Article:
Just Ask Terry
Terry is happy to provide his opinion on diet and nutrition, supplements and lifestyle choices. This information is for educational purposes only. It is not meant to replace the advice of your physician and is not to be considered medical advice, diagnosis or treatment. Should you have any concerns please contact your physician directly.
Q. Dear Terry,
“I have migraine headaches. Have you heard of the butterbur extract? It is supposed to have clinical studies. Also, what else can I take for my migraines? Thank you so much. I hope you can help. I’m tired of being in so much pain. I have an autistic son with apraxia and I need to feel good for him. Thank you again.” —Kim H., Pensacola, FL
A. Dear Kim,
There are many things that contribute to migraine headaches, and so the solution is complex as well. First, I have heard of the purple butterbur extract (Petasides hybridus
) and have reviewed the research. It may reduce the frequency and severity of your migraines. However, make sure you get the one used in the clinical studies, because purple butterbur contains liver-toxic compounds called pyrrolizidine alkaloids (PAs). These compounds must be removed from the supplement, and from my reading, it appears that the company that provided product for the migraine studies has a patent on this process. Therefore, it follows that it would be the safe one to use.
However, though helpful, purple butterbur will generally not completely eliminate migraines. The good news is that there are three additional supplements to include in your health plan to have much
better results. I list them here:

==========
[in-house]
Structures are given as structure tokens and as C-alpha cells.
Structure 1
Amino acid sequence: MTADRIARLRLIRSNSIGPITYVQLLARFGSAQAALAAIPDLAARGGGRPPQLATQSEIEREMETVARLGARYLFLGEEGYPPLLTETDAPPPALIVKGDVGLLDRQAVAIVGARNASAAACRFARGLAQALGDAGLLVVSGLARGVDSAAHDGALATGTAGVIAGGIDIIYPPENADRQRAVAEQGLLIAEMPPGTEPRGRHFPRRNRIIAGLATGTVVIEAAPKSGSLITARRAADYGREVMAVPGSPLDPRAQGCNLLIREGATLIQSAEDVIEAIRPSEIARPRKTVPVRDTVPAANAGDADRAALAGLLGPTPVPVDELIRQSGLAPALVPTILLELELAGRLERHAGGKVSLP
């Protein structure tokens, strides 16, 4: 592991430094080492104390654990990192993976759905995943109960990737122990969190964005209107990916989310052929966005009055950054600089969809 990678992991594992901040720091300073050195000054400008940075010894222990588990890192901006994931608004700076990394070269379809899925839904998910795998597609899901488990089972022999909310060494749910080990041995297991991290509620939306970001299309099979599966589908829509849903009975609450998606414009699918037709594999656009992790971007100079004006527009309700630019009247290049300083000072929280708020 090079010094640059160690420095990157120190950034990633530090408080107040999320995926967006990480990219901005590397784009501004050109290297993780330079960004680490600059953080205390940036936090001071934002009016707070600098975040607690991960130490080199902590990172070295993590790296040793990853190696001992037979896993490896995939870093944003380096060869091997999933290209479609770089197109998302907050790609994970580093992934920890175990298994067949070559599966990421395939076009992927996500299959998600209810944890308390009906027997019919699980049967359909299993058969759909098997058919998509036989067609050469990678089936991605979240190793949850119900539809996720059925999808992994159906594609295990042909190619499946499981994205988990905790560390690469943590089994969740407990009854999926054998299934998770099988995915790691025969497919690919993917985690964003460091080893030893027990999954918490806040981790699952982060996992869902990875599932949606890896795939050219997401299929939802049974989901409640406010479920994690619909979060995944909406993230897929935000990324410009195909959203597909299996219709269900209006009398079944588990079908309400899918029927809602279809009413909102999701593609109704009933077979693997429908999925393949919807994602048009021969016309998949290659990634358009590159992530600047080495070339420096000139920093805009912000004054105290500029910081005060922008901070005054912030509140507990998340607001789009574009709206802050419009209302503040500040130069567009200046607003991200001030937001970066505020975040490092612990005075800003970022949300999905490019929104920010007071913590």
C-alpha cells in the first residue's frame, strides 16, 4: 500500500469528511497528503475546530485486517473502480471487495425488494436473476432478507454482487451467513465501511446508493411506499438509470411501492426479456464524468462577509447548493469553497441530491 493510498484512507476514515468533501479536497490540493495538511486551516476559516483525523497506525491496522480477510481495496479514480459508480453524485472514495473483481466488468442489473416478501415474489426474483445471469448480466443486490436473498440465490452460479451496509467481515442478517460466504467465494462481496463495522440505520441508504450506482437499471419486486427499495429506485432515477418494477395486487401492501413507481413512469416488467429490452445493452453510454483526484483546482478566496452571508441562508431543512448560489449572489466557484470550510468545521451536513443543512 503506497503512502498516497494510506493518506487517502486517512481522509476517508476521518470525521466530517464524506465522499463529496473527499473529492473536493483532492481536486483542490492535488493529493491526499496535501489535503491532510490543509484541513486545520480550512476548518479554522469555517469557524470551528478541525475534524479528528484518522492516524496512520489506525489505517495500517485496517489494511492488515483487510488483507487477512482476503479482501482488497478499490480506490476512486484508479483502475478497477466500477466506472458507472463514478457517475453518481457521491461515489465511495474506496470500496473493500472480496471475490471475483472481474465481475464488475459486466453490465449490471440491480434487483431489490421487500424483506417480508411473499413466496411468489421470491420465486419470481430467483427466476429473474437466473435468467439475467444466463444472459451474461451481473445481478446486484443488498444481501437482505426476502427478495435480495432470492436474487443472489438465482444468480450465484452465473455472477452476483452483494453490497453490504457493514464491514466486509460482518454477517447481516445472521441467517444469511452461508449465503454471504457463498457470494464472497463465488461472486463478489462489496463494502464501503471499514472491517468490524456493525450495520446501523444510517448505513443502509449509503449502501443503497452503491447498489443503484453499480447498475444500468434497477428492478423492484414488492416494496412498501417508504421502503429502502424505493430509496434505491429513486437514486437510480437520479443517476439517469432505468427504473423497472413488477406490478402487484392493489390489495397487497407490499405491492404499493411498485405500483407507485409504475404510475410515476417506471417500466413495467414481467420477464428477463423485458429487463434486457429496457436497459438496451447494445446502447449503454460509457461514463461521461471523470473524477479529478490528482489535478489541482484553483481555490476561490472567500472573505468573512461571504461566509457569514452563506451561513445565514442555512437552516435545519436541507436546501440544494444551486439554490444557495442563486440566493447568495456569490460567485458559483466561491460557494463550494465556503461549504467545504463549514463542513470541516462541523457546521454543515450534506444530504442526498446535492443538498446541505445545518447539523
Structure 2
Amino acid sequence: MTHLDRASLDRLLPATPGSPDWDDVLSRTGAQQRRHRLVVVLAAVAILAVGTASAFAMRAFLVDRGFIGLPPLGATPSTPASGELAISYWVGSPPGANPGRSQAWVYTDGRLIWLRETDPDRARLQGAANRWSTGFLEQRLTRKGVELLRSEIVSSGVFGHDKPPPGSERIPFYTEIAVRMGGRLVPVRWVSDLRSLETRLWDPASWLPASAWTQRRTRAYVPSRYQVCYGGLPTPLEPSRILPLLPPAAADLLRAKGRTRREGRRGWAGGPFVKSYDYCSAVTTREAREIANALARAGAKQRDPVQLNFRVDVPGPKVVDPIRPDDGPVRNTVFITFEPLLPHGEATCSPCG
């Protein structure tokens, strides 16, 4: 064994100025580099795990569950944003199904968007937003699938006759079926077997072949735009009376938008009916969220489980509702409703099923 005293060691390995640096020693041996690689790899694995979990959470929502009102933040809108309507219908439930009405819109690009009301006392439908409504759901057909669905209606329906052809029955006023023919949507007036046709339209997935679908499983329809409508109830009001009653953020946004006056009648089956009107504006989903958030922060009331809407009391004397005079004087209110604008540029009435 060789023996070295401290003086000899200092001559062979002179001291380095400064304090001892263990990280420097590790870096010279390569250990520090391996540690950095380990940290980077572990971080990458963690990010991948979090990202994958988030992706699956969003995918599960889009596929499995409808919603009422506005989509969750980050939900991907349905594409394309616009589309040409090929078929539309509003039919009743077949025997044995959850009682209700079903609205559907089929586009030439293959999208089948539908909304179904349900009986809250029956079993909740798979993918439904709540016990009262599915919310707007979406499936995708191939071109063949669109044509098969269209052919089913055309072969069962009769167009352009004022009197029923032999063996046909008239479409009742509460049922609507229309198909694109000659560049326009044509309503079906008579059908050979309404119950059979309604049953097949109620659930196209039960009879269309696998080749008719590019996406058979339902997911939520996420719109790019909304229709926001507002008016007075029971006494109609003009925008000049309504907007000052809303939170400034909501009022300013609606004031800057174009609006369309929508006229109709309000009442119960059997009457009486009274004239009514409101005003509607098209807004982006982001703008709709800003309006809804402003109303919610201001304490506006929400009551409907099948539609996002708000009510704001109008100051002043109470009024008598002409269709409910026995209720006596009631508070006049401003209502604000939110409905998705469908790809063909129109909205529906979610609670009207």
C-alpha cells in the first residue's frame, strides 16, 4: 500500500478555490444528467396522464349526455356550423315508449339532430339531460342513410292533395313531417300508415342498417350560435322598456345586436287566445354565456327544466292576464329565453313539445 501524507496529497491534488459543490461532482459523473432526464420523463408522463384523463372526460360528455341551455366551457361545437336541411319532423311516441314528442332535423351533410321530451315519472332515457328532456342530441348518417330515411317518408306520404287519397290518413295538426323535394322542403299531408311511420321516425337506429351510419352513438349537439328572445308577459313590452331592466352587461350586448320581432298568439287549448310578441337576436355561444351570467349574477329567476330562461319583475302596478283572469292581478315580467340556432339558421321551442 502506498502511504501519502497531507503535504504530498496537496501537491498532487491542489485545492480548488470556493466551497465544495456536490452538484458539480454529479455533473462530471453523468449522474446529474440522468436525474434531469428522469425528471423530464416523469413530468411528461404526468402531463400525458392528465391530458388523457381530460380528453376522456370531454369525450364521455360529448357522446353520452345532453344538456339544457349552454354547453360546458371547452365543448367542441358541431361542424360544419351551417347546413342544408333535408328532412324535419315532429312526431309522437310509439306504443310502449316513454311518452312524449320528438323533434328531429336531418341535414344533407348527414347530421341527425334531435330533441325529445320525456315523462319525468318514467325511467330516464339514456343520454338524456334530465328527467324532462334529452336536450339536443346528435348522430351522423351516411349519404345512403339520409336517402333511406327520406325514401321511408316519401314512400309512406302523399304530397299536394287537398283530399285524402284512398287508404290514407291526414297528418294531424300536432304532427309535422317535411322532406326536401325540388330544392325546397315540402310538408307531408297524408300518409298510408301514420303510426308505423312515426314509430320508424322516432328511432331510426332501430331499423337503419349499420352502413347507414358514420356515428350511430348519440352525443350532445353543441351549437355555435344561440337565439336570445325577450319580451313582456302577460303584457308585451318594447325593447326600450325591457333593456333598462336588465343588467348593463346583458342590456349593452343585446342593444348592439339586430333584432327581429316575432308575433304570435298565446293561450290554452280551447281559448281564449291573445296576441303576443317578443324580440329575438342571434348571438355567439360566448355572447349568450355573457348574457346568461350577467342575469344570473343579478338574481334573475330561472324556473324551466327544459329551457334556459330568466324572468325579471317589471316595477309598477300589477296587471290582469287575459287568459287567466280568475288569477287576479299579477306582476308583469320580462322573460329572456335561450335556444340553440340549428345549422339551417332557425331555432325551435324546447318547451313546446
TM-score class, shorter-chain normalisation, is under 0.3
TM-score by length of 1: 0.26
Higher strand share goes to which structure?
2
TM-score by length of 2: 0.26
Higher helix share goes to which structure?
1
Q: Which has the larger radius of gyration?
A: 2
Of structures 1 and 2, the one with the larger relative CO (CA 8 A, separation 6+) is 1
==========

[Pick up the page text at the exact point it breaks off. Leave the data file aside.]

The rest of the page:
- Magnesium (200 – 600 mg per day). People with migraines often have lower levels of magnesium compared to people who do not have migraines, and several studies suggest that magnesium may reduce the frequency of migraine attacks. In one study, people who took magnesium reduced the frequency of attacks by 41.6%, compared to 15.8% in those who took a placebo. Some studies also suggest that magnesium may be helpful for women whose migraines are triggered by their periods. Make sure you choose a good absorbable form of magnesium (I like glycinate) because if magnesium is not absorbed, it will cause loose stools at higher dosage levels.
- Vitamin B2 (riboflavin, 400 mg per day). Some preliminary studies have indicated that riboflavin can reduce the frequency and duration of migraines. In one study, people who took riboflavin had more than a 50% decrease in the number of attacks.
- Co-enzyme Q10, also called CoQ10. In one study, 150 mg of CoQ10 each day reduced migraine occurrence about 50% over the course of three month’s use. CoQ10 is also very healthy in general and an excellent addition to your daily supplement routine.
Last, but certainly not least, you need to look at the kinds of stress in your life. While caring for a special needs child can be wonderful and rewarding, it can also cause additional stress as well. If you have not done so already, finding a group of parents in a similar situation, and meeting to share both the joys and concerns of this care experience may reduce stress in your life. While stress does not cause the migraine syndrome in the first place, having a lot of stress, tension, anxiety, worry, and concern can certainly bring on an attack. Make sure you are doing something for you, to make sure you are getting your
needs met as well.
Healthy regards! Terry . . . Naturally